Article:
It’s buying as usual at Liberty

May 24, 2020

Just when we thought that consumer anxiety would be settled this Eid which comes right amid a pandemic, the Lahoris prove us wrong. Is the recent easing of lockdown to blame for it?

Liberty Market, still a hotspot of Eid shopping. — Photos by the author

This is about a marketplace that could be called the common shopper’s Taksim Square — or, Connaught Place, if you like. Here, you found a wide variety of clothing brands, mostly of affordable, local variety; an array of big and small stores that sold everything from shoes to books; and also juice and food corners, not to mention the myriad florists and paan stalls which lined the road separating the main Liberty Market from adjoining shops. And who can forget Khussa Mahal, and even the dyers! Every year, around Eidul Fitr, the place would traditionally turn busier, and livelier, as happy crowds of people showed up in large numbers. Everyone’s favourite Eid buys were new clothes, shoes, and (for the girls) bangles and other accessories.

However, just when you thought that consumer anxiety had settled this time around, because Eid happens to fall right amid a pandemic, the Lahoris prove us wrong. And how. A recent visit to Liberty showed that the place continues to be a hotspot of Eid buying, lockdown or no lockdown. It was flooded with shoppers — most prominently, eager ladies who seemed to paw at every jewellery piece on display and lawn design that caught their eyes.

The girls swarmed stalls of bangles available in every colour imaginable. The nonstop chatter, which was punctuated by giggles, often mixed with the noise of women haggling with the shopkeepers/salesmen over the prices of traditional dresses which are however extravagantly overpriced. A great deal of effort was invested in ensuring that the shade of the print matched that of the bangles freshly picked.

It was daytime, yet hordes of people were spotted walking through the narrow alleyways in an attempt to avoid direct sunlight. The shops overflowed with customers climbing on top of each other at the cash counters.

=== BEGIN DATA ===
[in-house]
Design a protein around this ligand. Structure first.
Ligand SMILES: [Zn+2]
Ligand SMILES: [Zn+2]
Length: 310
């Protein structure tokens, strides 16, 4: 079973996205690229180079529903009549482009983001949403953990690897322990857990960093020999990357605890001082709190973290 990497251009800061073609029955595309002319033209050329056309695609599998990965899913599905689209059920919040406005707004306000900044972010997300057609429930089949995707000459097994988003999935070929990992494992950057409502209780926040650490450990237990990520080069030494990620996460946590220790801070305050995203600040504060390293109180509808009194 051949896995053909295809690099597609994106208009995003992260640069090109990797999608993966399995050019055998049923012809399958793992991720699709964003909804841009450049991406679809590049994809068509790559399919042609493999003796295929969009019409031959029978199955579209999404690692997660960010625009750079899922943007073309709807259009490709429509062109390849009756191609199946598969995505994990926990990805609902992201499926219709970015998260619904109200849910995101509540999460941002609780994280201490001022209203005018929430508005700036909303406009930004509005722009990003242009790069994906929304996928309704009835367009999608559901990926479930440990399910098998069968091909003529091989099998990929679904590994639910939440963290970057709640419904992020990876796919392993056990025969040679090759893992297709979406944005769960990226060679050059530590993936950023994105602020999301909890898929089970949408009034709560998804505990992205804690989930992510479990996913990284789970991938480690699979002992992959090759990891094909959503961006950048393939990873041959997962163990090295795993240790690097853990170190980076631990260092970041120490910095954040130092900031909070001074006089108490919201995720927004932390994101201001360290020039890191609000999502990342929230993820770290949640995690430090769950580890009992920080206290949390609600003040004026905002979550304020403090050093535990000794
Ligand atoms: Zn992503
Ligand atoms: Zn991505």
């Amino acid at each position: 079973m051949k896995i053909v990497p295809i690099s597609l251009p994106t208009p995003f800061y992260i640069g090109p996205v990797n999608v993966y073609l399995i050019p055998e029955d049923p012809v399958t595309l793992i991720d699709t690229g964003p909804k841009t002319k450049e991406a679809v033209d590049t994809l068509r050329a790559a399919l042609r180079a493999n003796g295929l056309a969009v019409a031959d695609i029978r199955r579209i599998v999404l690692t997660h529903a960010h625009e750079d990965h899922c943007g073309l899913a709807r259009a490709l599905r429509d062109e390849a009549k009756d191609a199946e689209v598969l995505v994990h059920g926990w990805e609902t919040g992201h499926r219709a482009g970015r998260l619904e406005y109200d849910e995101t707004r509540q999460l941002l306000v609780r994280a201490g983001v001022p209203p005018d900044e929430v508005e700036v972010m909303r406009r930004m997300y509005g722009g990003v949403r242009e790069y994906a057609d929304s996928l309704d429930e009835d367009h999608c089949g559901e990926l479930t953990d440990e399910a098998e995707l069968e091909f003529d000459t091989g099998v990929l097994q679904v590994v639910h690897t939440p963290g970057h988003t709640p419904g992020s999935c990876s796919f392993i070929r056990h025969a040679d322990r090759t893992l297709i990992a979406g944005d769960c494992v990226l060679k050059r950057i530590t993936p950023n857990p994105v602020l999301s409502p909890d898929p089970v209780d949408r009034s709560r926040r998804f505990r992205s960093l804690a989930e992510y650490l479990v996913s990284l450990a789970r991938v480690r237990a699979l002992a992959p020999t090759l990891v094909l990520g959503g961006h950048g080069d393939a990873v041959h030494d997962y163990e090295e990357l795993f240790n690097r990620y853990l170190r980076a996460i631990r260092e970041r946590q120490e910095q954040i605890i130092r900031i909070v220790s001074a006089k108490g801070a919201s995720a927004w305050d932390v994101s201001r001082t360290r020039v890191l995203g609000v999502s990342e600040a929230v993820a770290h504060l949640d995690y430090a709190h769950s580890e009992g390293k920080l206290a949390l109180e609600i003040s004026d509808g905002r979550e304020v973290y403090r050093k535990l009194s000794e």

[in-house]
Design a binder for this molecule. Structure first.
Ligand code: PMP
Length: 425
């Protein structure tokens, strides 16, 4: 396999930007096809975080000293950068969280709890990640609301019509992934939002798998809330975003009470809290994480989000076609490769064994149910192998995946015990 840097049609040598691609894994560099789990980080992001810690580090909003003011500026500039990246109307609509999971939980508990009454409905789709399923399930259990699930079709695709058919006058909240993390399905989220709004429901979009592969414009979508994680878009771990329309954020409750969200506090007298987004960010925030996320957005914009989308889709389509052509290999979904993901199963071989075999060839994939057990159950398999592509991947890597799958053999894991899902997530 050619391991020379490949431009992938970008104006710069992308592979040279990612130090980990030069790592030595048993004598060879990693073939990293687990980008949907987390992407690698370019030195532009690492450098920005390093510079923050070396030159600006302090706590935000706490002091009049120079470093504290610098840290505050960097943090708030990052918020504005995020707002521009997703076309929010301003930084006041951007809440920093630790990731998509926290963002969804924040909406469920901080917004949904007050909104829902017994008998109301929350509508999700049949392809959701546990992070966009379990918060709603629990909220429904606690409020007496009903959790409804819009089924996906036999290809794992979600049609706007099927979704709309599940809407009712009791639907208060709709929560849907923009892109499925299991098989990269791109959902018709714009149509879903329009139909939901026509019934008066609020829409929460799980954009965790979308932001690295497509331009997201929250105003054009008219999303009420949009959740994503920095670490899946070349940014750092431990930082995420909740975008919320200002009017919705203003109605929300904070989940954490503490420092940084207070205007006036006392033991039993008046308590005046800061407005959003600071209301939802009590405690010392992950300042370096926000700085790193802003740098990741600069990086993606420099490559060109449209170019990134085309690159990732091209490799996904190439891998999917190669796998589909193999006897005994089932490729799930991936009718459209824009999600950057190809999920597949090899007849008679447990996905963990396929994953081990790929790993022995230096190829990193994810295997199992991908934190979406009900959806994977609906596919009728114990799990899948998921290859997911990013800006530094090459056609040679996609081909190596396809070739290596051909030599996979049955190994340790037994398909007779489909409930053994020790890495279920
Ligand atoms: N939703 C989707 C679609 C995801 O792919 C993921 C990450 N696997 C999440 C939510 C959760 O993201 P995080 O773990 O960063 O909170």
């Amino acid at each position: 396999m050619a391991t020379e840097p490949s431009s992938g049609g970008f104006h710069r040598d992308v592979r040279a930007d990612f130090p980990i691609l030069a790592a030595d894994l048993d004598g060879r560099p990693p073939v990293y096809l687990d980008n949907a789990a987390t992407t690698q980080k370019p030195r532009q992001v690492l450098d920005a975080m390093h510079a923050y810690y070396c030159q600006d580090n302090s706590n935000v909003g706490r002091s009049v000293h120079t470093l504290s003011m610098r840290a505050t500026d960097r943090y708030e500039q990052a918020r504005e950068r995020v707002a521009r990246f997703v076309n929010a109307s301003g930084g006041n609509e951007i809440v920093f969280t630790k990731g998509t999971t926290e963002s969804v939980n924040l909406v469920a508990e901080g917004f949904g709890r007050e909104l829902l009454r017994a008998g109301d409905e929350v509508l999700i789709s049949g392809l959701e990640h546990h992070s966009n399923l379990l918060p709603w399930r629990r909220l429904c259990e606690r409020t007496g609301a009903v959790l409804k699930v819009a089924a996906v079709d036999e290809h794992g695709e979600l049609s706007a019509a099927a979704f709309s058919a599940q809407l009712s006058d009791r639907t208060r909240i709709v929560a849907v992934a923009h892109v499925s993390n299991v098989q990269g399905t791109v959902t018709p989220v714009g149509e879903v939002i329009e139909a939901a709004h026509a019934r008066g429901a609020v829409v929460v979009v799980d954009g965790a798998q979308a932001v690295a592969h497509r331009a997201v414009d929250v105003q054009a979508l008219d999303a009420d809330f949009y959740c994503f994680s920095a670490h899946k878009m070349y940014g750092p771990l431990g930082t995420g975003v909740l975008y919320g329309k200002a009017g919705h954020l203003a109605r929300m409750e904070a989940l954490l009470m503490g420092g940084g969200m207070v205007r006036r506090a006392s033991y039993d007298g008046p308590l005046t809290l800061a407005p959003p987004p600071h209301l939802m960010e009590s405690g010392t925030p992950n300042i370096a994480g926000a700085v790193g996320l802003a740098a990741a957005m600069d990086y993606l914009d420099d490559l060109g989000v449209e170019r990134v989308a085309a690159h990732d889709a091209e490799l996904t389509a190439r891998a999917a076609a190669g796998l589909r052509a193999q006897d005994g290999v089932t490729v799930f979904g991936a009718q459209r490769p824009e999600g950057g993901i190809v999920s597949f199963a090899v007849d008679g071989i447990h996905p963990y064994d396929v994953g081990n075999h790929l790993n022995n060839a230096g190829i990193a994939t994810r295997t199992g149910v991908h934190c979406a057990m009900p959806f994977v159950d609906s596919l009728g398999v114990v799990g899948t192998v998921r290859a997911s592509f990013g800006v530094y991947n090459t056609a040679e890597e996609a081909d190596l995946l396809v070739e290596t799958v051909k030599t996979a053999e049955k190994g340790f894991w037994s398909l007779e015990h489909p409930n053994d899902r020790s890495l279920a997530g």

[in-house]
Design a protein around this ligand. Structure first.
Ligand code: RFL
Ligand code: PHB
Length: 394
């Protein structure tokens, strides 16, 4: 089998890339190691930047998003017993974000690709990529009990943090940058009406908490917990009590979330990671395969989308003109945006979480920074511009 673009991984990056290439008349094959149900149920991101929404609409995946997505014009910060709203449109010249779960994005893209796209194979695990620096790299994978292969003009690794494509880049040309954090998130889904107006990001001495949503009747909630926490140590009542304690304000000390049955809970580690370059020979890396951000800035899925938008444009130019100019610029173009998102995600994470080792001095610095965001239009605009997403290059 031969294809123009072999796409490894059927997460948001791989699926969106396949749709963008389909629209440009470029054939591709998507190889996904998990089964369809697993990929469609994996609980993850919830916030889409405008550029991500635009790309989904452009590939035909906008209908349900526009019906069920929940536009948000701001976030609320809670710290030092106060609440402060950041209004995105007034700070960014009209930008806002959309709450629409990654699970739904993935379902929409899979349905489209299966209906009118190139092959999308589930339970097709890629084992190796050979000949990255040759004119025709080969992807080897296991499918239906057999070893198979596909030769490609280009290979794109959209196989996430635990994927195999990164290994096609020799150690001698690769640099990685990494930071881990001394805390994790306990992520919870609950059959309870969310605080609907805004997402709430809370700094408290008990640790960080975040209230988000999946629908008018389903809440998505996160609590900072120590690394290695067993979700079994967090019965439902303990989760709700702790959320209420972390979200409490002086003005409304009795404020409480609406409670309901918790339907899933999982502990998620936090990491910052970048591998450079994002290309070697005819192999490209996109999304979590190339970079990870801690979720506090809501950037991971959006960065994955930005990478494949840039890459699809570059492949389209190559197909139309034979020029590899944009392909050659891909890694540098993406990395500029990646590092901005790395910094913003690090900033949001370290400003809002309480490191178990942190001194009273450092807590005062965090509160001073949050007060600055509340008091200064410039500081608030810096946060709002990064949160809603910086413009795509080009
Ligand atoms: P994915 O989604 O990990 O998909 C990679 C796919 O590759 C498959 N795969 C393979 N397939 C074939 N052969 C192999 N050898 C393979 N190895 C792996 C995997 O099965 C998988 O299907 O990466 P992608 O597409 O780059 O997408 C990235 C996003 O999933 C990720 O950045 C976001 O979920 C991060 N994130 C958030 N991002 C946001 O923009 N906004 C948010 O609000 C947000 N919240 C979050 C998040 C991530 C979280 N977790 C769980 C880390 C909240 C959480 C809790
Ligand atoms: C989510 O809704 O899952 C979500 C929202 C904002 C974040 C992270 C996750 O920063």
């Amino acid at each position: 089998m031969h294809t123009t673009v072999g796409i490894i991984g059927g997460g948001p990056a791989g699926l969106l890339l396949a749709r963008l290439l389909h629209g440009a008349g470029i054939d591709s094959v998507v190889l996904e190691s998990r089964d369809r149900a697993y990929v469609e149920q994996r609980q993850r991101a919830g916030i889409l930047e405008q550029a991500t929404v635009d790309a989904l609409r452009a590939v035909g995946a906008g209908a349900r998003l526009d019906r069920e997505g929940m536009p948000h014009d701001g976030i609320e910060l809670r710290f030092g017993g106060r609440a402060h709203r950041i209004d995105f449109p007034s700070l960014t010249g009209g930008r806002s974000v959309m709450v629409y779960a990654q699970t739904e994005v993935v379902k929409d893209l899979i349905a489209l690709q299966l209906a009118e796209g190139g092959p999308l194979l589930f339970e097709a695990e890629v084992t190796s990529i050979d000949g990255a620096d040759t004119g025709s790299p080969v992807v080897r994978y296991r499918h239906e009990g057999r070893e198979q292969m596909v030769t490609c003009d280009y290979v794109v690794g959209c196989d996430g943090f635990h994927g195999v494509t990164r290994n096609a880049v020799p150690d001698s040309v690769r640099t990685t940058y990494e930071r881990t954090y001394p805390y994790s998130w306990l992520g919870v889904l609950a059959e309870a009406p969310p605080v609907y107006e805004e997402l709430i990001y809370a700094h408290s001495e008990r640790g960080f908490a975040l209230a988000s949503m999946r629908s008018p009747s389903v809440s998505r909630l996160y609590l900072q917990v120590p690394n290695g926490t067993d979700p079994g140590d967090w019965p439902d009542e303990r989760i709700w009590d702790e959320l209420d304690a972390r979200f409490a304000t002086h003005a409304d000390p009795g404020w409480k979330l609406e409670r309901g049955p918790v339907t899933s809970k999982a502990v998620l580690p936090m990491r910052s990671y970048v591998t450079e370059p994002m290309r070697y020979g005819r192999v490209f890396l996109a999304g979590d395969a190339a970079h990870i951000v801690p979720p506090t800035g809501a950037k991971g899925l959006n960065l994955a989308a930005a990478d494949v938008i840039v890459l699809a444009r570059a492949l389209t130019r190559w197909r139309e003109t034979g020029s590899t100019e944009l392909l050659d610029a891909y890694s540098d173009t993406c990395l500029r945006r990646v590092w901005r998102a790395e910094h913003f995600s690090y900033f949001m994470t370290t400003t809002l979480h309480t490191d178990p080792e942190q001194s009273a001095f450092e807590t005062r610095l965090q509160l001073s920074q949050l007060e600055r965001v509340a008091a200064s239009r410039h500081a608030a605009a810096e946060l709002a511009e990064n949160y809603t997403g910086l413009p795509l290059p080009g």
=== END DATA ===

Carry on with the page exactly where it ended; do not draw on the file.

Outside, stalls were being set up especially for henna. A significant amount of time would be invested in selecting the latest henna designs to be applied on the palms of your hands.

The fact that the shops close at 5 in the afternoon instead of discouraging the shoppers seems to have motivated them to step out of their homes on a hot, late-May morning, even as they are keeping fast.

Surprisingly, despite it being a Ramazan morning, some food kiosks and juice shops were also open. The tempting smell of freshly prepared potato chips and samosas wafting over the pathway of this bustling U-shaped market, was un-missable. Shoppers were seen stopping by for a glass of fruit juice or milk shake, while the shopkeepers hollered their best prices, and the unyielding lot of beggars refused to budge. Even so, everyone looked excited and chirpy.


The year 2020 has brought with it a global crisis — Covid-19. The disease, which has been declared a pandemic by the World Health Organisation (WHO), has taken hundreds of thousands of lives across the world and shut down most businesses, educational institutions, and brought all sorts of socialising to an abrupt halt.

Down with SOPs!

Outdoor activities took the biggest hit. Though, the governments of varous countries are now gradually easing the lockdown and allowing businesses to reopen, albeit with caution and by adhering to stringent SOPs, it is unlikely that the kind of disregard for social distancing and safety protocols that was witnessed at, for instance, Liberty Market, Lahore, would not be taken serious notice of anywhere else in the world.

Oblivious to the world fighting a war against the deadliest of human enemies, the shoppers gallanted about the market. You would occasionally see a lady with a facemask that covered her mouth but left her nose exposed; or a man with his mask pushed down to cover a part of his beard while exposing his nose and mouth.

The fact that the shops close at 5 in the afternoon instead of discouraging the shoppers seems to have motivated them to step out of their homes on a hot, late-May morning, even as they are keeping fast. It cannot be argued that they are unaware of the global situation, but for sure they do not seem to care as much as they need to.

When questioned, a policeman who was present at the market said that there was no point in using force. “The nonchalant attitude of the shoppers makes it difficult for us to enforce the SOPs. The easing of the lockdown seems to have encouraged [the shoppers].”

Not everyone is being irresponsible. There are those who are religiously following strict hygiene and social distancing guidelines. Some of them haven’t stepped out of their houses even for grocery buying; they purchase everything online. These are also the people who plan on dressing up on Eid in old clothes and stay home.

The writer is a communications manager at a private company. She can be  reached at [email protected]

Eid during coronavirus: It’s business as usual at Lahore’s Liberty market